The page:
Fantastic Beasts: The Crimes of Grindelwald

Or as I originally typed Fantastic BEATS, which would have been a very different film…..

As always I turned to IMDb for a quick summary of the plot and they let me down:

The second instalment of the Fantastic Beasts series featuring the adventures of magizoologist Newt Scamander.

That is a prime example of the desire not to give anything away veering hard towards being wilfully obscure.

So basically the film starts with a lengthy escape sequence where Grindelwald gets out, as we all probably thought he would, and heads off to Paris to plot mayhem and havoc. The Ministry of Magic wants Newt to help them but he doesn’t want to work with their team despite the urging of his big brother. Dumbledore then persuades Newt to hunt down and help Credence (who has survived the first film) and in the process face Grindelwald because he (Dumbledore) can’t do so.

Then it all kicks off.

Everyone who survived the first film turns up in Paris and although the story does move things forward a fair bit we are clearly being set up for the next instalment.

The good stuff:

  • the creature design is stunning as always
  • Jude Law makes a dashing Dumbledore
  • I’m still very fond of Newt and I like his brother Theseus also

The meh stuff:

  • whatever you may think of the casting of Mr Depp, he is fine in the part I guess
  • maybe too many characters, several of whom did not have enough to do

The stuff I did not like:

  • oh boy, some Choices were definitely made, including one that doesn’t really make sense
  • Tina being sniffy
  • and the thing I HATED – Queenie is absolutely my favourite character and I am not at all happy with the direction they have sent her in. Not. At. All.

But despite my feelings veering towards this being a bit messy as a film, I will be watching the next instalment. Of course, I will. That is how they all make their money.

Dazzling details: directed by David Yates, FB: TCOG is 2hrs 11 long and rated 12A for moderate fantasy threat (and questionable plot developments IMHO)

Mary & the Witch’s Flower

mv5bndvkymfinmqtmjc3ni00yty5ltk0ntatzdc4yjzizju2yjnlxkeyxkfqcgdeqxvymjm4ntm5ndy@._v1_sy1000_cr0,0,684,1000_al_It’s a tradition chez Bride to select a positive, feel-good film to watch on New Year’s Eve as a way of avoiding the often terrible TV coverage, though we always make sure to be done by the Bells when we will have a glass of whisky and some shortbread.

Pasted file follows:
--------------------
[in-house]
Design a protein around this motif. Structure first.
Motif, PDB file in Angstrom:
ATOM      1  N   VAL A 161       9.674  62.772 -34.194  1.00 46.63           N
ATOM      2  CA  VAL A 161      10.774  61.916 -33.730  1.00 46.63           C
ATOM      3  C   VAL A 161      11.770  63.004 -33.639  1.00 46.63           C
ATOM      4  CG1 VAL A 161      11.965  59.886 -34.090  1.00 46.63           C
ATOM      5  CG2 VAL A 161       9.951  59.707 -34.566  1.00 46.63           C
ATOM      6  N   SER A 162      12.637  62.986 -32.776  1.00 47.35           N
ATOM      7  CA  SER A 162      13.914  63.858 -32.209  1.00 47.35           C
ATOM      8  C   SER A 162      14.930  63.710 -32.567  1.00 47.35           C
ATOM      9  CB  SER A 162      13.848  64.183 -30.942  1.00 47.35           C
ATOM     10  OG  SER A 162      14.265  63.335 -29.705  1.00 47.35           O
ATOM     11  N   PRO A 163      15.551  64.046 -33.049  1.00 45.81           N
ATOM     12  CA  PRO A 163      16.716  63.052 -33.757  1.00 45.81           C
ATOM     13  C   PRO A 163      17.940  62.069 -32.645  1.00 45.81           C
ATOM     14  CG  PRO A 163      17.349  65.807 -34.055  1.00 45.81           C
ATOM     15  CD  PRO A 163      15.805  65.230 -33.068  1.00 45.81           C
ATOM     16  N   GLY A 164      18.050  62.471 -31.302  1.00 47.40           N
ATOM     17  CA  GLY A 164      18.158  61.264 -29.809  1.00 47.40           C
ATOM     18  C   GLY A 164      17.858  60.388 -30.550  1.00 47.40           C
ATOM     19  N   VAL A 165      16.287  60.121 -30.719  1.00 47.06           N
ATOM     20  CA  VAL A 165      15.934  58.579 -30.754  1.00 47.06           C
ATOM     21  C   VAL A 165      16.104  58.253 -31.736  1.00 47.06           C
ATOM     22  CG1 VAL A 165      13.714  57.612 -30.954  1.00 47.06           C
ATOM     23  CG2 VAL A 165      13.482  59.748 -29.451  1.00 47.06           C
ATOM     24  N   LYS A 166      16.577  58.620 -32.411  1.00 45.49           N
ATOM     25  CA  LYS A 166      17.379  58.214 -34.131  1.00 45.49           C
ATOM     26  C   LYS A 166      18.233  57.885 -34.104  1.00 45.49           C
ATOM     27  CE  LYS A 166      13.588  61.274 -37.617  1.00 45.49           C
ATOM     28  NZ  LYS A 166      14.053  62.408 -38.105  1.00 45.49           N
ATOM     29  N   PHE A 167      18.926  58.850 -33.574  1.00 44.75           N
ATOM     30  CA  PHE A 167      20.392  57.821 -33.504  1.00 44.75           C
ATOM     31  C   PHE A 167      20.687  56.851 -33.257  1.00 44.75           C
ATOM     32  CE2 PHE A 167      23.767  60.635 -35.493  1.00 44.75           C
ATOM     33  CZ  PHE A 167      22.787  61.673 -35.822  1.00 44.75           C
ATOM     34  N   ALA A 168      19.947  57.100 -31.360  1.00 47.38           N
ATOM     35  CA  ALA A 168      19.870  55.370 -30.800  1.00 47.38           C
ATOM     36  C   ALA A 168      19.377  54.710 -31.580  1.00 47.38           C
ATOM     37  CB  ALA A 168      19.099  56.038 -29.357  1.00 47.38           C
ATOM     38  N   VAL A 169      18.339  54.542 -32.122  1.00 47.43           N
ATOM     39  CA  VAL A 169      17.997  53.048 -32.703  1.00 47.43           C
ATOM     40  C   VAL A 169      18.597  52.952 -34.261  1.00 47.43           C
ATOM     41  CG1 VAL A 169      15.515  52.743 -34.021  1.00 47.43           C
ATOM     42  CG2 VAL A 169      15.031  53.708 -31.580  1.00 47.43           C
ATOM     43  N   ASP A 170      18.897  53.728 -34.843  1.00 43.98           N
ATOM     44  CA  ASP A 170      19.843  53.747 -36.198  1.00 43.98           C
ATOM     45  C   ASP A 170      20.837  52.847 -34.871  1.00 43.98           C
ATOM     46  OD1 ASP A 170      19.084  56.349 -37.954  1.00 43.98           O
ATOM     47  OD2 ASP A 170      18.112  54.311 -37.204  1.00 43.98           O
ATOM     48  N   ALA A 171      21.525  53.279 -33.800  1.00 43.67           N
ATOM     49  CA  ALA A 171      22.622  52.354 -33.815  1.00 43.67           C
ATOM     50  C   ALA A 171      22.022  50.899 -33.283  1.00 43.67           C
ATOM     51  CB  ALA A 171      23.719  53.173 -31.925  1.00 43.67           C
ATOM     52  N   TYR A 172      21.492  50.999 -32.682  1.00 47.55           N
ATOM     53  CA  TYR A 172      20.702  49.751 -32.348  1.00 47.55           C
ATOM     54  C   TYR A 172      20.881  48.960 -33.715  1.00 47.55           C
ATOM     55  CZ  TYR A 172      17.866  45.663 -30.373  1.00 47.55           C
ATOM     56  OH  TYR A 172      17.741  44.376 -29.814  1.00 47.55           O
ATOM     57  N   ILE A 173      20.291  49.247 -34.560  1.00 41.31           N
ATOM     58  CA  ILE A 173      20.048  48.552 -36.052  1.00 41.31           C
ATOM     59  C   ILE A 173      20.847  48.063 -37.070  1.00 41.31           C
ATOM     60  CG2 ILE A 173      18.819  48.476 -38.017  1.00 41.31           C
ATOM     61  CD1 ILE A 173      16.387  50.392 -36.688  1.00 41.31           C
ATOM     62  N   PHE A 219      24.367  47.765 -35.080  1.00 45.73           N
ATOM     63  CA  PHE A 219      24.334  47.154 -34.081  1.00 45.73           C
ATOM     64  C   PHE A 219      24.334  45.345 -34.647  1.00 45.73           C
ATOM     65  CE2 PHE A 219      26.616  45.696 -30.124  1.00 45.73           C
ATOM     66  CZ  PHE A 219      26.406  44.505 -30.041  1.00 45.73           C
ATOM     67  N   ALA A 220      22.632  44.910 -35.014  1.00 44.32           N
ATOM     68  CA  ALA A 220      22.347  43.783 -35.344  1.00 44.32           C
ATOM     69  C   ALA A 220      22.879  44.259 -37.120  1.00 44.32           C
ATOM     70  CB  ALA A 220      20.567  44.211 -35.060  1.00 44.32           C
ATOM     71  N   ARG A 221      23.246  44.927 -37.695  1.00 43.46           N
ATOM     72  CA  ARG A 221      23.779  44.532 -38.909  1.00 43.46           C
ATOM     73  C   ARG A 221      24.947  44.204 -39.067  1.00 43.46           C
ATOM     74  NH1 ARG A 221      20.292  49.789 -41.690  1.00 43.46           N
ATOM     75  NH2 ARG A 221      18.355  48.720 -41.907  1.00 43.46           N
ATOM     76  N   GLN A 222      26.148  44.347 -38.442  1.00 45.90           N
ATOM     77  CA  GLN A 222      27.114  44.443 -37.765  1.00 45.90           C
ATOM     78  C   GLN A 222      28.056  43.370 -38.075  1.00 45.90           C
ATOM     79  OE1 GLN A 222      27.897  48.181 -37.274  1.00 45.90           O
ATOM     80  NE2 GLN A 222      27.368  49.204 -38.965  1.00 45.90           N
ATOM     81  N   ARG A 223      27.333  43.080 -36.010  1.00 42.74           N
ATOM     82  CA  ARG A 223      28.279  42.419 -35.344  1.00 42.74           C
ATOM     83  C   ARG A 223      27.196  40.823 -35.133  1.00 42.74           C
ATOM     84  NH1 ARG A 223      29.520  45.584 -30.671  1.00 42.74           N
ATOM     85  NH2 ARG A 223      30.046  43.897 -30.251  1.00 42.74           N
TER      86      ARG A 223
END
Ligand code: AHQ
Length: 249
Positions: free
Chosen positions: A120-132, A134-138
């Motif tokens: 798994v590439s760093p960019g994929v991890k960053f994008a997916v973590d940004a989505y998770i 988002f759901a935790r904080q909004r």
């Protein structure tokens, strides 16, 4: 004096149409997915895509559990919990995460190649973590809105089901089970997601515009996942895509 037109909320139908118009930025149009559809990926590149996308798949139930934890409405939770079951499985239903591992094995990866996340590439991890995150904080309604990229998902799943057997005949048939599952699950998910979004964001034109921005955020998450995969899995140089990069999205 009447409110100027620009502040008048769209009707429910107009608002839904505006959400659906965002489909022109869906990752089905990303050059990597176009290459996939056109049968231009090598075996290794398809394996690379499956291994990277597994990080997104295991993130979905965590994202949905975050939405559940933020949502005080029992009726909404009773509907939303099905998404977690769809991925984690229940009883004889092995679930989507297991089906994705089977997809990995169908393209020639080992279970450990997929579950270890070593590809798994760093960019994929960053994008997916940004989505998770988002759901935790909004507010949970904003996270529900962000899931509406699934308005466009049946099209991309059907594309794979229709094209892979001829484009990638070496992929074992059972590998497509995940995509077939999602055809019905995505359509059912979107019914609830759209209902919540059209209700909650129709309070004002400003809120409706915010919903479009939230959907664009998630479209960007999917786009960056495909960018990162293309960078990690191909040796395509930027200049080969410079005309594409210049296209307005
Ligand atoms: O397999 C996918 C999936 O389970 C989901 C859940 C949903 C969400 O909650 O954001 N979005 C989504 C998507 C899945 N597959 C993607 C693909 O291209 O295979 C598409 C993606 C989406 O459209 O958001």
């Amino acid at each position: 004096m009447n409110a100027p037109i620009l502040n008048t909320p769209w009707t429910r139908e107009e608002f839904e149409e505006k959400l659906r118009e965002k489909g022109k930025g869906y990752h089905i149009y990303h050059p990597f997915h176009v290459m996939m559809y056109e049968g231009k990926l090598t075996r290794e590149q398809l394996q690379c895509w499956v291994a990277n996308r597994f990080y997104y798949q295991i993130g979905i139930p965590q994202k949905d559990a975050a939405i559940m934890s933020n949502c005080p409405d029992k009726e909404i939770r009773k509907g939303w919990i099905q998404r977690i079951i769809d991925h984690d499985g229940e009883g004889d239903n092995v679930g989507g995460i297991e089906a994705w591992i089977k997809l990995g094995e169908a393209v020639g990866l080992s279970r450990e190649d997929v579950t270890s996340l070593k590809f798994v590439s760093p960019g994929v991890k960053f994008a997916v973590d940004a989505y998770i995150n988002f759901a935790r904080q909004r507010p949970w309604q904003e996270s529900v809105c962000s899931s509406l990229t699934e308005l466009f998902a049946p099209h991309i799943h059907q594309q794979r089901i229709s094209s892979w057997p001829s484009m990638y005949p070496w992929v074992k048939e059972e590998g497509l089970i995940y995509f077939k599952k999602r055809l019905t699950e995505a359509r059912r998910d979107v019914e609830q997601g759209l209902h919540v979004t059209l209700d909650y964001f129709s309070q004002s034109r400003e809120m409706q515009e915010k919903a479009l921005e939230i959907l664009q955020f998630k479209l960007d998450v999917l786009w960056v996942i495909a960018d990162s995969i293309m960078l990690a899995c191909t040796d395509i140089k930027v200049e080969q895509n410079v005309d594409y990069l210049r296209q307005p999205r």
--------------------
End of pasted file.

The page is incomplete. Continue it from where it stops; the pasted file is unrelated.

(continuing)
I’m Scottish, what can I say.

This year’s film was Mary & the Witch’s Flower, a Christmas gift from my brother to the Book God . Mary is the first film from Studio Ponoc, the successor to Studio Ghibli, and is based on the 1971 children’s book The Little Broomstick by Mary Stewart (or Mearî Suchuâtô as she is in Japanese.)

Mary is spending the summer at her great-aunt’s house waiting for her parents to return from a trip. She’s bored and spends her time investigating the local woods in the company of a black cat where she finds a beautiful blue flower and a broomstick. Temporarily possessed with magic powers, Mary finds herself at Endor College, a sort of proto-Hogwarts, where she makes a significant impression. But things are not at all what they seem.

This is a simply lovely film, full of beautiful imagery and excellent animation. Mary herself is a very engaging character. I hate the word feisty but I can’t think of an alternative just now to describe Mary, a child full of adventure and confidence.

There is darkness in the film, as the staff of Endor College (voiced by Kate Winslet and Jim Broadbent) are obsessed with experiments in transformation which have a real Doctor Moreau feeling.

A number of the elements in the story are very familiar, and I would have liked to see more of Mary’s relationship with her great-aunt which has an important role in the later stages of the story in a way that felt a bit too convenient. But that doesn’t detract from a beautiful story which proved to be an ideal end to 2018.

Dazzling details: directed by Hiromasa Yonebayashi, Meari to majo no hana (original title) is 103 minutes long and rated U – suitable for everyone as long as you don’t mind very mild threat.